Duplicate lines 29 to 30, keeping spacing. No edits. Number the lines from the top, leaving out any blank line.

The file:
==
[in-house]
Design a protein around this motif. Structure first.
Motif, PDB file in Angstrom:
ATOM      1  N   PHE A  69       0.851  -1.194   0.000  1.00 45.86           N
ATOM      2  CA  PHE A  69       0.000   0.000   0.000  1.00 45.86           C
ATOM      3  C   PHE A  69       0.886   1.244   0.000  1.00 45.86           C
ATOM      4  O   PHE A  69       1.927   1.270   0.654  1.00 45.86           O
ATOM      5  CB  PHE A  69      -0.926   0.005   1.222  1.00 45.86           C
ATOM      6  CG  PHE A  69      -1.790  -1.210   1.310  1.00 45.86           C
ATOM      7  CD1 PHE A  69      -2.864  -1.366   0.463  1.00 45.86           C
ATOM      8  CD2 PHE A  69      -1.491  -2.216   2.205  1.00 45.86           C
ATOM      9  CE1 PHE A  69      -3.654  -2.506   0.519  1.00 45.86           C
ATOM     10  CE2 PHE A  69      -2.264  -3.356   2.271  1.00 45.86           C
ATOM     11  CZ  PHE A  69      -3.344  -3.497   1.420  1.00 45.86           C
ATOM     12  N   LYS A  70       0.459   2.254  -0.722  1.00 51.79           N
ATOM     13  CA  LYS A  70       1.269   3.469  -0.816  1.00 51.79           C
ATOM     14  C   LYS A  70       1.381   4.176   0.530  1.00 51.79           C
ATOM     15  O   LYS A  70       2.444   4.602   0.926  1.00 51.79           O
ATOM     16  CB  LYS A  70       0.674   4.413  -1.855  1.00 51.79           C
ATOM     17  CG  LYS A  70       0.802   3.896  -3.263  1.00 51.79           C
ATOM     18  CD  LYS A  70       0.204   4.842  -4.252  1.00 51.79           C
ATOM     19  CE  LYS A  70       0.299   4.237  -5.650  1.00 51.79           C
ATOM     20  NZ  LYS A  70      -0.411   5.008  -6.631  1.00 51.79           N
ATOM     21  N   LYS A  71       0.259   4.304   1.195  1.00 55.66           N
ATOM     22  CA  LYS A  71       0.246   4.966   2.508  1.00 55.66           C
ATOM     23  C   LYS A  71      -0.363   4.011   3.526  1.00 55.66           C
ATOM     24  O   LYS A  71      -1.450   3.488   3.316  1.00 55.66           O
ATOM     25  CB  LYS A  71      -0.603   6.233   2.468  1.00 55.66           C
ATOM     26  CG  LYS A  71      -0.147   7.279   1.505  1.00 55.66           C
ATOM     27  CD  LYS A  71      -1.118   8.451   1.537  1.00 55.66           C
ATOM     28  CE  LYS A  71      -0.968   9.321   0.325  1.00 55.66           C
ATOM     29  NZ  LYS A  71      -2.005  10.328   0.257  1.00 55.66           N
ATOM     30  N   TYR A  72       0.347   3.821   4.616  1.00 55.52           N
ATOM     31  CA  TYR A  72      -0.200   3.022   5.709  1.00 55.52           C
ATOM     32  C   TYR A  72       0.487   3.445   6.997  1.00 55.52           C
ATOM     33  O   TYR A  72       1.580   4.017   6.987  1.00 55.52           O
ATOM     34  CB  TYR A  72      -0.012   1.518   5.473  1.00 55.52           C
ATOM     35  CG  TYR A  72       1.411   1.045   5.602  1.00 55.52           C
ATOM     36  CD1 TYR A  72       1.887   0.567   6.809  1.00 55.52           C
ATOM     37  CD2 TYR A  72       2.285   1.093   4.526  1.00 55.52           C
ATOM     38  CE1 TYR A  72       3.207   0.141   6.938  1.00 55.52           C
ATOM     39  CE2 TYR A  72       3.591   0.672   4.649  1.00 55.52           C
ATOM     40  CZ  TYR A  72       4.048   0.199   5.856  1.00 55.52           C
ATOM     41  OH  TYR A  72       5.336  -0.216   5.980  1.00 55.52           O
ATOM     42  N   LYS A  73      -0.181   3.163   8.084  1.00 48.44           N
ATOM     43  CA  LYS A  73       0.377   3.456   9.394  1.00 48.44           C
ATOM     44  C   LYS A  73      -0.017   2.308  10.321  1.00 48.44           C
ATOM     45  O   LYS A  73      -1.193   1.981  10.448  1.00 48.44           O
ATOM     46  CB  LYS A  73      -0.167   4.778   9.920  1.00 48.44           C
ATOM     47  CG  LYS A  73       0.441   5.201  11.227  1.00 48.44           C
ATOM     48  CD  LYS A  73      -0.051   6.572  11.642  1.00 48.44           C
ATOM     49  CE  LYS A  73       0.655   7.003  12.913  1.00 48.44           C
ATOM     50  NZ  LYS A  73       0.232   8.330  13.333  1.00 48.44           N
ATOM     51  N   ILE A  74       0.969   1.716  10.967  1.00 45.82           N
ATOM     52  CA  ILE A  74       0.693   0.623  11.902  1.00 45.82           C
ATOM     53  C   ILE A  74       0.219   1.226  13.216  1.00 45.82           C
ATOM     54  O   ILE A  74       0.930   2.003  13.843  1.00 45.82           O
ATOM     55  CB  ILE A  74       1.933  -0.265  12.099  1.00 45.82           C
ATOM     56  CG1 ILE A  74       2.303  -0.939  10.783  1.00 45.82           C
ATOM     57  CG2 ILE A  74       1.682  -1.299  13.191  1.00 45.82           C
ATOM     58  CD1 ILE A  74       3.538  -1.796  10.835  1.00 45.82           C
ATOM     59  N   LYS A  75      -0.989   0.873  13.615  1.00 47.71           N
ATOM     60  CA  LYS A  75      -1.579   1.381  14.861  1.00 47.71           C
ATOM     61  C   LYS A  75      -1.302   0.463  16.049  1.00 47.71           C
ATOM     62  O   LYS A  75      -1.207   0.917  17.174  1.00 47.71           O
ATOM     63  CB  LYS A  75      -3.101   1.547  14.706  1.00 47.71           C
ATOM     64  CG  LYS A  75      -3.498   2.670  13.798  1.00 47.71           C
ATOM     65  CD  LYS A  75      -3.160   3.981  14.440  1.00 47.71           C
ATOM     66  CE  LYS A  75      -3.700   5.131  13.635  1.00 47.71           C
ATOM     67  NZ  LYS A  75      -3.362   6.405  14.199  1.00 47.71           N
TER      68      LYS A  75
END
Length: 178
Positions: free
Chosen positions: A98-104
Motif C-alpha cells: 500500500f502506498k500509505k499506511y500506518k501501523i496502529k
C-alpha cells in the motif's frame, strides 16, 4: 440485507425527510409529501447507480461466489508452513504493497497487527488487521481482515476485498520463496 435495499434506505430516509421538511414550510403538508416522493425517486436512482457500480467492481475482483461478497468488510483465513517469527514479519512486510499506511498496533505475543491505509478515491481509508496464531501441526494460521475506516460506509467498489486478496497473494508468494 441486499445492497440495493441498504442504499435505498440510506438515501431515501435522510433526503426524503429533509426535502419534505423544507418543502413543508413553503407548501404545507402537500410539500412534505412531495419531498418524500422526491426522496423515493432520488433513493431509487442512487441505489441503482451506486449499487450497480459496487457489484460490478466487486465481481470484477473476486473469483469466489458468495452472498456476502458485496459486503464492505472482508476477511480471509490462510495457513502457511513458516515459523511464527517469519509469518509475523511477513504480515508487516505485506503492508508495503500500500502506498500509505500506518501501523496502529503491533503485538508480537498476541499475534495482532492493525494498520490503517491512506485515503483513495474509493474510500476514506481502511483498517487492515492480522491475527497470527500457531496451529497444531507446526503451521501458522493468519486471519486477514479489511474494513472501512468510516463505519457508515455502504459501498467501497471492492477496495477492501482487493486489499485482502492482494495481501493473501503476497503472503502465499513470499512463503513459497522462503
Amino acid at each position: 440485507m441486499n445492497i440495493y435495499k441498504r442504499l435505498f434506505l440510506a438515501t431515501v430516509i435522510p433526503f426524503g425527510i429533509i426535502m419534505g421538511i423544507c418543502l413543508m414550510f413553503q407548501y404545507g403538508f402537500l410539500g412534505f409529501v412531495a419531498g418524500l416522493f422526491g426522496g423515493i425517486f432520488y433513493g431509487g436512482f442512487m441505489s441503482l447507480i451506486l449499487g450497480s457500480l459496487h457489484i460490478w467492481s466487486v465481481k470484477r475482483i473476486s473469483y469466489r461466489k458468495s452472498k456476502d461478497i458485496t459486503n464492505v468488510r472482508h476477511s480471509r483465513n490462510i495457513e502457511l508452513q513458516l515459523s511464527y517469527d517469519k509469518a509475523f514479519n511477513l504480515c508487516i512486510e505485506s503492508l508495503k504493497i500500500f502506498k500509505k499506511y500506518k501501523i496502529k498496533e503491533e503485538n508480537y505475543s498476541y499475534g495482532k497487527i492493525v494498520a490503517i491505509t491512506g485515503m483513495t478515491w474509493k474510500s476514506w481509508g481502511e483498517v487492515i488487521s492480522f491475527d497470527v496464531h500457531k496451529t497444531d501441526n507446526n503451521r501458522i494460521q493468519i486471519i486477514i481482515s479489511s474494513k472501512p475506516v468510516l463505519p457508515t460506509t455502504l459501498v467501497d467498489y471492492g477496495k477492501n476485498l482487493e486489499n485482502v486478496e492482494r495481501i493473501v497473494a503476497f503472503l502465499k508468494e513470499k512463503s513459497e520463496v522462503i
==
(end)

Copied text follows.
ATOM     26  CG  LYS A  71      -0.147   7.279   1.505  1.00 55.66           C
ATOM     27  CD  LYS A  71      -1.118   8.451   1.537  1.00 55.66           C